Yes – something I didn’t expect, going natural made me look more at other areas where I use chemicals and replacing those with natural products for myself and my family. I’m even looking more at Vegetarian options. We have Veggie Wednesday in my house. It’s a journey. I even have stepped back from a more consumerist lifestyle to supporting more local entrepreneurs and talent rather than wearing imported designer labels.
Do you think that there is a link? Would you have incorporated those changes if you had not gone natural?
There was definitely a link. Going natural was a catalyst for a lot of things. I think having relaxed hair creates a big disconnect as a woman and prevents you from seeing clearly other ways in which you use chemicals unnecessarily.
The key is a little makeup. It tells people, ‘Look I meant to do this – okay!’
What is your current hair regimen?
I’m trying to grow my hair – waist length dreaming – neck length living lol! I spritz with aloe vera, water and coconut oil, daily. I use Shea butter/Jamaican black castor oil to seal ends and keep my hair in twists unless I need to glam up. I avoid combs and blow drys unless it’s a special occasion.
How do you balance having natural hair and the need to be/look professional?
It’s tough but it’s definitely possible to pull that rabbit out of the hat when you need to – even without prepping. My go-tos are my Princess Leia braids daytime smarts and my French braid up the back for evening. The key is a little makeup. It tells people, ‘Look I meant to do this – okay!’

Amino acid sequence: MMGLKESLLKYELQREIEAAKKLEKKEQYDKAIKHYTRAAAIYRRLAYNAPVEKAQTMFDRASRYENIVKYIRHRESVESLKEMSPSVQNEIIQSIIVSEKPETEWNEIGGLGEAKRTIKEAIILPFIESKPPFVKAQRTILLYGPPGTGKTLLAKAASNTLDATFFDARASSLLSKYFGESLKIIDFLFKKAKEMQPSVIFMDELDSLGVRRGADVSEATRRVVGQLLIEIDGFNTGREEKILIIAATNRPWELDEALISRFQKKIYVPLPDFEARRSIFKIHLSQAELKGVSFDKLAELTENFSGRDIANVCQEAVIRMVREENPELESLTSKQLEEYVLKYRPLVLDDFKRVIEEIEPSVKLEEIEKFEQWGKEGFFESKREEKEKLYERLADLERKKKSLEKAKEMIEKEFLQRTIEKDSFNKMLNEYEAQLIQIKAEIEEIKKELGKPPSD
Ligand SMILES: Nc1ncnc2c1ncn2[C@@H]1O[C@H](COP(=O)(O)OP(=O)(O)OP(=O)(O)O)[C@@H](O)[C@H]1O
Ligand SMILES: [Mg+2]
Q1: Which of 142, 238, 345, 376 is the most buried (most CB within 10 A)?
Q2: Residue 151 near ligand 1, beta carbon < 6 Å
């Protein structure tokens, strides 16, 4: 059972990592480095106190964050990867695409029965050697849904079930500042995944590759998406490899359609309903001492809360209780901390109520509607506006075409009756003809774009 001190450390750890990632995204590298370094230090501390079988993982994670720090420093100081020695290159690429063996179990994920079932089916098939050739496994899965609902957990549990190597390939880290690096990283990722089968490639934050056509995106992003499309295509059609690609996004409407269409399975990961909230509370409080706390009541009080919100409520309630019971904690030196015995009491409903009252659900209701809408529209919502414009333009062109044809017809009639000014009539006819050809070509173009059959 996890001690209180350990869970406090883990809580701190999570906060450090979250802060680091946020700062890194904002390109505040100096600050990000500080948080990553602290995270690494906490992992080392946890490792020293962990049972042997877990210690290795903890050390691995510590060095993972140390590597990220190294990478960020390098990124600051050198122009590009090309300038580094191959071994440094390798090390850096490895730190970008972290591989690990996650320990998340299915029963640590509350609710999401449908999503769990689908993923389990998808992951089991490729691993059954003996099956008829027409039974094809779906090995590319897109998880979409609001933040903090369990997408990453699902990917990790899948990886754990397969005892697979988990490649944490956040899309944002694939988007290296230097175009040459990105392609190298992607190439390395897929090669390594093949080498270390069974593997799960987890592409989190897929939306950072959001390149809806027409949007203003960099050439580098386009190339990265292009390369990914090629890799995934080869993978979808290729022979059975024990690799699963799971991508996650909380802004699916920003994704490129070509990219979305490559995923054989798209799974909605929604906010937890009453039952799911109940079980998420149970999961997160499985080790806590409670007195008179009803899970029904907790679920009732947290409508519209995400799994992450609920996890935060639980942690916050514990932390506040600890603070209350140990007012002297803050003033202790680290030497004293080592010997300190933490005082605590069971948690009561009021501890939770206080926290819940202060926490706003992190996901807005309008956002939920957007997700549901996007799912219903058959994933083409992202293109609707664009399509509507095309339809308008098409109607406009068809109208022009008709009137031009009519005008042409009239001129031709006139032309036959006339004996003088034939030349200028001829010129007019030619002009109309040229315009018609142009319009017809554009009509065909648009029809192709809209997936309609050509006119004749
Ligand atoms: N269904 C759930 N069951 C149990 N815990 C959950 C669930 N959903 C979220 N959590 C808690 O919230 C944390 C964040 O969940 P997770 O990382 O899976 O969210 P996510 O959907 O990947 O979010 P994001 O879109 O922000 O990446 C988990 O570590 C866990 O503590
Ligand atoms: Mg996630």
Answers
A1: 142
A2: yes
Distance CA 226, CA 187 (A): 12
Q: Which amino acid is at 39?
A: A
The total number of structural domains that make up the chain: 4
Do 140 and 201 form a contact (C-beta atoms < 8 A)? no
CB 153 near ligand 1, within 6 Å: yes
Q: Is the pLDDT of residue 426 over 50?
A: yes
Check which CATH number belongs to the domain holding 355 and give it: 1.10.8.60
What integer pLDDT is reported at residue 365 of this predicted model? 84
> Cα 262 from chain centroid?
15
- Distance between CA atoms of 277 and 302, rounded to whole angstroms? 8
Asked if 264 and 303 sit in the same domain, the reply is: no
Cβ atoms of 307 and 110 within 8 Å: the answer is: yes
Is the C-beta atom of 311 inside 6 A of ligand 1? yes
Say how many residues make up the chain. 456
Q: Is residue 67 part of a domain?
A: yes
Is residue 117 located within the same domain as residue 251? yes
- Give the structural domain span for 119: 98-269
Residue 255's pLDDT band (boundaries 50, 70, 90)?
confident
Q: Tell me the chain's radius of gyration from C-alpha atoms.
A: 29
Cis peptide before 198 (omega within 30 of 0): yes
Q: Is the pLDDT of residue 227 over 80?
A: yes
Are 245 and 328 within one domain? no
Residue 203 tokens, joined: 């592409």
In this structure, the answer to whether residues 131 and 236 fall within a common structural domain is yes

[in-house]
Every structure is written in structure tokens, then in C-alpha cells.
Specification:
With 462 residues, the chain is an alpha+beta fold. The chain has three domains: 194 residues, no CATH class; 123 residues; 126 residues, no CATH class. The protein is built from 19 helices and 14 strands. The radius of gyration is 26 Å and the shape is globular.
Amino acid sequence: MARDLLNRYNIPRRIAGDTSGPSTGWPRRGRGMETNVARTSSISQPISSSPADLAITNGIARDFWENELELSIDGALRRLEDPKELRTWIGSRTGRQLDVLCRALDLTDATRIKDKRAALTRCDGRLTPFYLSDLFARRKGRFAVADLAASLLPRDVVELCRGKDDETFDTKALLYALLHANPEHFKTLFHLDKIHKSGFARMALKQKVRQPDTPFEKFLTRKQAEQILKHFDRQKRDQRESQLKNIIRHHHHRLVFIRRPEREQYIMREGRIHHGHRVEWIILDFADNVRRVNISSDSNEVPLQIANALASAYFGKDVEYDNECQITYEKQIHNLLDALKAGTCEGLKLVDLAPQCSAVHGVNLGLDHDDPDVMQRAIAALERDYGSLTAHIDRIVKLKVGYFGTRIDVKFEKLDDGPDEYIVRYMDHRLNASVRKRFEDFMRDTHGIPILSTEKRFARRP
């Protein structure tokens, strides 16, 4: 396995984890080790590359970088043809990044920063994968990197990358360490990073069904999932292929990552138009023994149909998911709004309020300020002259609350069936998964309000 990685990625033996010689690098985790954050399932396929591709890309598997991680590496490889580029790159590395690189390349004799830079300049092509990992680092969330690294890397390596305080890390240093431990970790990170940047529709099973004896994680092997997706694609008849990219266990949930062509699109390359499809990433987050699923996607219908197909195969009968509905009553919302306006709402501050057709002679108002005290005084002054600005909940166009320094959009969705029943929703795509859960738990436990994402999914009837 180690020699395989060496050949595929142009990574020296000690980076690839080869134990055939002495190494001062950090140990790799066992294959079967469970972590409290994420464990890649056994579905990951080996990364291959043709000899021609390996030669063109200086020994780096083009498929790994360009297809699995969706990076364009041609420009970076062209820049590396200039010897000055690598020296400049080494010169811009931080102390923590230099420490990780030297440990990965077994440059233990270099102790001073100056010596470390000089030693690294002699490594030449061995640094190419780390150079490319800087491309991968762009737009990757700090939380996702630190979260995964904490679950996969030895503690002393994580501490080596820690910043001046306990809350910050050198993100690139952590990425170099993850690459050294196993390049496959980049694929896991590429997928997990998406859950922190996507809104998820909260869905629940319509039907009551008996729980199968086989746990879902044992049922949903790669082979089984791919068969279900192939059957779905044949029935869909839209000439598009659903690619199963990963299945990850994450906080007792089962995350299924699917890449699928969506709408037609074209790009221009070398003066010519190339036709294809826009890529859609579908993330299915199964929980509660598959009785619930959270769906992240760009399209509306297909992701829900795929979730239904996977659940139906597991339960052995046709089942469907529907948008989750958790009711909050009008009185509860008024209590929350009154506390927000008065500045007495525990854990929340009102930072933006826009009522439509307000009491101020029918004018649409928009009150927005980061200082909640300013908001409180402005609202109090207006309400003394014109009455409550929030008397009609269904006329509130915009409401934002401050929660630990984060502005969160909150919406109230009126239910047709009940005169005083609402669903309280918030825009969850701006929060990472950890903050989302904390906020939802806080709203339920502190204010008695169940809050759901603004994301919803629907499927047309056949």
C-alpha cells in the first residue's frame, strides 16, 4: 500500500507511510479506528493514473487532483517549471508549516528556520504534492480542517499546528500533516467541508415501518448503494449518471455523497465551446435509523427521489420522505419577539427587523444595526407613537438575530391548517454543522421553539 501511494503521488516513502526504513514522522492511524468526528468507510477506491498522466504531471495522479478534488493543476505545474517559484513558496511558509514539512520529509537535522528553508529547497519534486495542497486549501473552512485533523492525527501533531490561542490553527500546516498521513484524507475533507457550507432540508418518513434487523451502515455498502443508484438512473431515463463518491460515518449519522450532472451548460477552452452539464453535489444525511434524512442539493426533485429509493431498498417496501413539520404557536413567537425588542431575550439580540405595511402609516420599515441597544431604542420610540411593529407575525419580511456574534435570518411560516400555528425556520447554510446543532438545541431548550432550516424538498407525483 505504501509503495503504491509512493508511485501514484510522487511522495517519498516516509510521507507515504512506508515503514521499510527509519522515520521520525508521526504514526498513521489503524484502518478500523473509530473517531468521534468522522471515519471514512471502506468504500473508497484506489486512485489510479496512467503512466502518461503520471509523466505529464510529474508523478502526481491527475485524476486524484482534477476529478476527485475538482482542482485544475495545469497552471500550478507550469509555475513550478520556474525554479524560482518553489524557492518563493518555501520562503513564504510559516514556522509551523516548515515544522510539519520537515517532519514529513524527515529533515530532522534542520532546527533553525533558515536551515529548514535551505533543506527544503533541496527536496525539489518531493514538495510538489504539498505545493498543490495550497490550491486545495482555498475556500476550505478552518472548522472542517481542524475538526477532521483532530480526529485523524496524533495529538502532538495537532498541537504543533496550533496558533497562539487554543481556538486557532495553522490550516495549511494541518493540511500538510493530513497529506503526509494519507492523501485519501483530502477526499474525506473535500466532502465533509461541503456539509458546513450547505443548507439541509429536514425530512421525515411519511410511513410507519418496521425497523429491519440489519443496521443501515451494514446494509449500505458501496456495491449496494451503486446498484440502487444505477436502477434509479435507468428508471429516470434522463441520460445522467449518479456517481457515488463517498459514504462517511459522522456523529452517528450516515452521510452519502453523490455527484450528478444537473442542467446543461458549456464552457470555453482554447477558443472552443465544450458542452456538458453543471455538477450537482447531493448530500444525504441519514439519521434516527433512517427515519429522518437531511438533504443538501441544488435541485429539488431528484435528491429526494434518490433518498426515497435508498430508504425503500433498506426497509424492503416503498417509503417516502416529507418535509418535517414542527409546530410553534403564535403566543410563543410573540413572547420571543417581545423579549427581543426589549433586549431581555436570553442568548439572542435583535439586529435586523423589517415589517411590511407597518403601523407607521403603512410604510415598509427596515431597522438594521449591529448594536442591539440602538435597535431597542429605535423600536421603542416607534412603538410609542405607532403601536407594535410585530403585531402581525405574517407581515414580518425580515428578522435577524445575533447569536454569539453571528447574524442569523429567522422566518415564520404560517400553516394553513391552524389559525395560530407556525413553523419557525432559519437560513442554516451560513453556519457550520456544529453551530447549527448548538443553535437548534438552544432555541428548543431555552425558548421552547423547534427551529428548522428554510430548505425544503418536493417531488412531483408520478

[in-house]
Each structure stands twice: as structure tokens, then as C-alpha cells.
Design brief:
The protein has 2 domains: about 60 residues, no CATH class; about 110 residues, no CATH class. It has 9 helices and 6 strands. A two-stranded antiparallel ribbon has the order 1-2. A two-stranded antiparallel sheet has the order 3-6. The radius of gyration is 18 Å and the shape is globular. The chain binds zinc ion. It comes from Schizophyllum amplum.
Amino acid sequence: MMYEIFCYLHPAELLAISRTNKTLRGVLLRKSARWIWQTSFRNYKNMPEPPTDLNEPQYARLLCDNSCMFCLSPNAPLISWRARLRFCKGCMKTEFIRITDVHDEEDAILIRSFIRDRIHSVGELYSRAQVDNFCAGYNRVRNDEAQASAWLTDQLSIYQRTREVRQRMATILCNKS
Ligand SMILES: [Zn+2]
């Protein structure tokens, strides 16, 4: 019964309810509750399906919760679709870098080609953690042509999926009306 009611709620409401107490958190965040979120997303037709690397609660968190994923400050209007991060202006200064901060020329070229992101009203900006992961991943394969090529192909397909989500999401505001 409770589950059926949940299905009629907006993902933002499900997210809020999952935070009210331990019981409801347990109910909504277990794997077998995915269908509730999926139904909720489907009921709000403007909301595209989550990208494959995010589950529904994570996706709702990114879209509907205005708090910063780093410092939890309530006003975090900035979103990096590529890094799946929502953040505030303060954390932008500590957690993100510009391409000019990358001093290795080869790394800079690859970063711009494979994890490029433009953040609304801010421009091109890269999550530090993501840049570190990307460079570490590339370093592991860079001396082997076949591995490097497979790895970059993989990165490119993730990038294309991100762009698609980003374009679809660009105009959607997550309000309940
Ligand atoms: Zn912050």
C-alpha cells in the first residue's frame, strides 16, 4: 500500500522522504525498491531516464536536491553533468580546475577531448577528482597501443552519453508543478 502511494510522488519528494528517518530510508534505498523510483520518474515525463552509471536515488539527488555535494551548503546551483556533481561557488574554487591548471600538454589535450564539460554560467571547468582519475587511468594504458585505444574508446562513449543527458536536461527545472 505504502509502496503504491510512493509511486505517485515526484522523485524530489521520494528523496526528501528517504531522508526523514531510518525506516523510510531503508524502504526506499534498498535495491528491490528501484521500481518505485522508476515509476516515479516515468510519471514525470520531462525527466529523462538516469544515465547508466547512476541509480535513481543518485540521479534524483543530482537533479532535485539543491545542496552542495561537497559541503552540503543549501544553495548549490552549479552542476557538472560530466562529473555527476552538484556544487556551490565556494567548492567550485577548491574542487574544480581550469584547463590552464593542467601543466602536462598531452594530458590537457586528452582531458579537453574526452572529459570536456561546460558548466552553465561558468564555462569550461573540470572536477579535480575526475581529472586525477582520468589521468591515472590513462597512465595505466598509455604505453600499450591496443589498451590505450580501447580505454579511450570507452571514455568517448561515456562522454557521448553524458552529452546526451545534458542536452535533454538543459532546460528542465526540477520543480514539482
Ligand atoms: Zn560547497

Do you have a healthy goal (hair, nutrition, exercise?)
I try to keep healthy not just for my hair. I mean if you get sick its not going to help with hair growth. I take vitamins, calcium, silica and spirulina. I try to remember water.
Based on all you know now, what would you do for your children (male and female in terms of hair, nutrition, natural living as opposed to the way you were brought up e.t.c)?
I have boys so I like that I’m showing them how black women can celebrate their natural hair. I wouldn’t want them to make women with natural hair feel inferior aesthetically. I believe “show, don’t tell” is the most powerful way to influence children.
Vanessa when her hair was relaxed
Any words of wisdom or advice for others?
Natural hair is not as scary as people think – I’m sure there’s a Youtube video out there representing every hair type showcasing beautiful styles. As you get to know your hair, it gets easier. It’s also financially empowering – being happy with your looks leaves you with more money for other things.